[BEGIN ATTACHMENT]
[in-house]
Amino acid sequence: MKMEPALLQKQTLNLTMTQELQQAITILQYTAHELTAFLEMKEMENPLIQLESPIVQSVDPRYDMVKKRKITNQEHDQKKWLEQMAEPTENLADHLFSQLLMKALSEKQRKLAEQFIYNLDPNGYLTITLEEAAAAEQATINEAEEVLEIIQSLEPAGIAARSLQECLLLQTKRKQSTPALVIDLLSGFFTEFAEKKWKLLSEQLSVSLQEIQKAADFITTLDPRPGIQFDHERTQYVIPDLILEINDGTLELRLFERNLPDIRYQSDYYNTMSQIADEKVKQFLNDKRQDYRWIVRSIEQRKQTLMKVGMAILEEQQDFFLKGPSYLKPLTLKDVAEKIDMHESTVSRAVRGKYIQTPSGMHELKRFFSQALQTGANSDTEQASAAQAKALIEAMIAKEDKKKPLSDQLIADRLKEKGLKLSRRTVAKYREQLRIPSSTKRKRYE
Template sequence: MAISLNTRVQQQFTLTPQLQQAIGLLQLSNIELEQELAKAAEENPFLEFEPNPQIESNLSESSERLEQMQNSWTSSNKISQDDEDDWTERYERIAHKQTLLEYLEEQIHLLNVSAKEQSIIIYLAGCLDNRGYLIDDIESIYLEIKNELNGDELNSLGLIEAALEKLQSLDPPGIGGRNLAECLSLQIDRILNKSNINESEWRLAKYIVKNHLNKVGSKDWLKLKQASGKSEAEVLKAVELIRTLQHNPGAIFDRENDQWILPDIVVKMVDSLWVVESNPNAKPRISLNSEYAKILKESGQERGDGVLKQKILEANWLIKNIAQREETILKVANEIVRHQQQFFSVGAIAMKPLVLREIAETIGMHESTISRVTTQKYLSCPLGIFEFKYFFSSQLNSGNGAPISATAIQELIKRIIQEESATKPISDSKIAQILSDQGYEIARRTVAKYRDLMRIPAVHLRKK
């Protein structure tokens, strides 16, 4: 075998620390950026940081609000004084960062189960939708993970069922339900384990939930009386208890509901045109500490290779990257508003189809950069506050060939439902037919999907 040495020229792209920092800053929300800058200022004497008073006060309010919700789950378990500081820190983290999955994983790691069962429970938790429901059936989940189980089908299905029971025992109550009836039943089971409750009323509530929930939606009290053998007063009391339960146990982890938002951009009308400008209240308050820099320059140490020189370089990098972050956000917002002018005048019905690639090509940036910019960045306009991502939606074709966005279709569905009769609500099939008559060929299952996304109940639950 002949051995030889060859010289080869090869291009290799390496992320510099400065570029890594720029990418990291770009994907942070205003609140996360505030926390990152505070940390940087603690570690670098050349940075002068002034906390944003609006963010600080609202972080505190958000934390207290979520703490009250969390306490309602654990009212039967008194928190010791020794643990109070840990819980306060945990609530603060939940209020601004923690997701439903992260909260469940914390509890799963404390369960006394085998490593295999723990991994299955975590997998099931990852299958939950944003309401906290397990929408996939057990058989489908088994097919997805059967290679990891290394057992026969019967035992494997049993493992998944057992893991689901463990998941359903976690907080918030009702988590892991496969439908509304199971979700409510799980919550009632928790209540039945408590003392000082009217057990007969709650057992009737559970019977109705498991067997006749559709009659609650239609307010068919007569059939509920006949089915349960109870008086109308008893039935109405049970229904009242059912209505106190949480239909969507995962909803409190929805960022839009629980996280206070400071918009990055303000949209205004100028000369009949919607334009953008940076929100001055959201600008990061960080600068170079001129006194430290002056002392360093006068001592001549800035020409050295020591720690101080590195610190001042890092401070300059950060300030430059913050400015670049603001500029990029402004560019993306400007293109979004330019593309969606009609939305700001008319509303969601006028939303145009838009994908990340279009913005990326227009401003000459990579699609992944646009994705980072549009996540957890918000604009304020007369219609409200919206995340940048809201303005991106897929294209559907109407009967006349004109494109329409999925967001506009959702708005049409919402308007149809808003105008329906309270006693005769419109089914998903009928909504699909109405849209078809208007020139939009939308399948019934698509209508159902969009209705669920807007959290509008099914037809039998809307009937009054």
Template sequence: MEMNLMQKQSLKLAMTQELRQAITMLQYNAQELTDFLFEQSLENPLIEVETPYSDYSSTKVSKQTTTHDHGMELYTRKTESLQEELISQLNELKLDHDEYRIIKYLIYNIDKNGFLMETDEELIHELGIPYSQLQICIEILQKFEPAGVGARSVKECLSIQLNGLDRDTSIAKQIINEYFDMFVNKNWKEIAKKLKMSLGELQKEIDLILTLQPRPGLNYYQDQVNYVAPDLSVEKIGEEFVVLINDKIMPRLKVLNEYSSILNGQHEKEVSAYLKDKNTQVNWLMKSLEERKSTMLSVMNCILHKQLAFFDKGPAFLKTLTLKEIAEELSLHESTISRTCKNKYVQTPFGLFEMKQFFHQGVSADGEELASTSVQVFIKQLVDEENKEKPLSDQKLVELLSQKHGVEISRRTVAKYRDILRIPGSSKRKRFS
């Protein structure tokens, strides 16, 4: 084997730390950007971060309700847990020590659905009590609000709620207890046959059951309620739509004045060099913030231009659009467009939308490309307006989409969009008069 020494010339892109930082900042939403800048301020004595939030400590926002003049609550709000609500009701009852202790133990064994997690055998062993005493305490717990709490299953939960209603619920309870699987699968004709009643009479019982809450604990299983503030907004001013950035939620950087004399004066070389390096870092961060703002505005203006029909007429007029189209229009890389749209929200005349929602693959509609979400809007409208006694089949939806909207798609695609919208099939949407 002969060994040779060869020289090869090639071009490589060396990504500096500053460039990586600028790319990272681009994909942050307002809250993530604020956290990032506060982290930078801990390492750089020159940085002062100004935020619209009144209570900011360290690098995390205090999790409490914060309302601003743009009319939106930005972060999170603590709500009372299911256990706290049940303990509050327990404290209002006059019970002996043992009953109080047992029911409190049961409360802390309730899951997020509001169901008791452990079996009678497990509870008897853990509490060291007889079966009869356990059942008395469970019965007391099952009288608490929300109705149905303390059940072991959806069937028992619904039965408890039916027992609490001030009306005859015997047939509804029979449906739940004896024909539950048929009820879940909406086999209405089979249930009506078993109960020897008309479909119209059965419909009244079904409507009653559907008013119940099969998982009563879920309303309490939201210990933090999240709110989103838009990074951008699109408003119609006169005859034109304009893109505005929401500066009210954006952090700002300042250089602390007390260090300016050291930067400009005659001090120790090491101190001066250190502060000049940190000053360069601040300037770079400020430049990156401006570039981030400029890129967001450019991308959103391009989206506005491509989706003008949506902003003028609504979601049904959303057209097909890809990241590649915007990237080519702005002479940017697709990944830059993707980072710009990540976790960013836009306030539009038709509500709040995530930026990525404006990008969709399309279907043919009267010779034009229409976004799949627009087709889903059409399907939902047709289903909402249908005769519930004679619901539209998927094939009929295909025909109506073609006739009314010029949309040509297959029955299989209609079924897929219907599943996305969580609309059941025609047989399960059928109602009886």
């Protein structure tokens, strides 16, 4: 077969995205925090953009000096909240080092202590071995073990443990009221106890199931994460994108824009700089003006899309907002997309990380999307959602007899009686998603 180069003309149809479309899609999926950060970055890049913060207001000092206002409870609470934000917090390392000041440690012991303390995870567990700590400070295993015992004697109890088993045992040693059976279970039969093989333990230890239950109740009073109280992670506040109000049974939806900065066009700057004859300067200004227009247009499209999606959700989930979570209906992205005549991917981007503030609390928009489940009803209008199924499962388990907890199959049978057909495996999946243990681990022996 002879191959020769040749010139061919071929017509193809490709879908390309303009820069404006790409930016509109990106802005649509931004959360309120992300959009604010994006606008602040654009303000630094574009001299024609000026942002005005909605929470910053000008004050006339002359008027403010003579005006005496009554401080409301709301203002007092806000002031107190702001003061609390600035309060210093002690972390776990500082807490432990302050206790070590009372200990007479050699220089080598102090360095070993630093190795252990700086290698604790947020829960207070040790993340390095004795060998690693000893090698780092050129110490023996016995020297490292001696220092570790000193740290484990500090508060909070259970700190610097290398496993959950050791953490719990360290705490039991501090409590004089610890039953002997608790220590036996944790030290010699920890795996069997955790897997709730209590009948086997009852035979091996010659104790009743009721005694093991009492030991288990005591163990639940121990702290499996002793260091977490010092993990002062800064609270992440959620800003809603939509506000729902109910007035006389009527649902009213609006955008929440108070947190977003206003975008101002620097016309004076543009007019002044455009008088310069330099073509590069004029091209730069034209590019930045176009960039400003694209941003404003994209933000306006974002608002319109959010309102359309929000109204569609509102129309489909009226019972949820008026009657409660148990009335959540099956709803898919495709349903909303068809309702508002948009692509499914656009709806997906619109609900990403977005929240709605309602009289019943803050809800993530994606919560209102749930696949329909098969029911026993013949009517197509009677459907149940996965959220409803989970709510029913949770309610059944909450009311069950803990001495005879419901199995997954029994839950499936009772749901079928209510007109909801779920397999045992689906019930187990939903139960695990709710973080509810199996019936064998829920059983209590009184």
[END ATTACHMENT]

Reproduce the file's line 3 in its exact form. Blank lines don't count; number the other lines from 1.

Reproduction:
Template sequence: MAISLNTRVQQQFTLTPQLQQAIGLLQLSNIELEQELAKAAEENPFLEFEPNPQIESNLSESSERLEQMQNSWTSSNKISQDDEDDWTERYERIAHKQTLLEYLEEQIHLLNVSAKEQSIIIYLAGCLDNRGYLIDDIESIYLEIKNELNGDELNSLGLIEAALEKLQSLDPPGIGGRNLAECLSLQIDRILNKSNINESEWRLAKYIVKNHLNKVGSKDWLKLKQASGKSEAEVLKAVELIRTLQHNPGAIFDRENDQWILPDIVVKMVDSLWVVESNPNAKPRISLNSEYAKILKESGQERGDGVLKQKILEANWLIKNIAQREETILKVANEIVRHQQQFFSVGAIAMKPLVLREIAETIGMHESTISRVTTQKYLSCPLGIFEFKYFFSSQLNSGNGAPISATAIQELIKRIIQEESATKPISDSKIAQILSDQGYEIARRTVAKYRDLMRIPAVHLRKK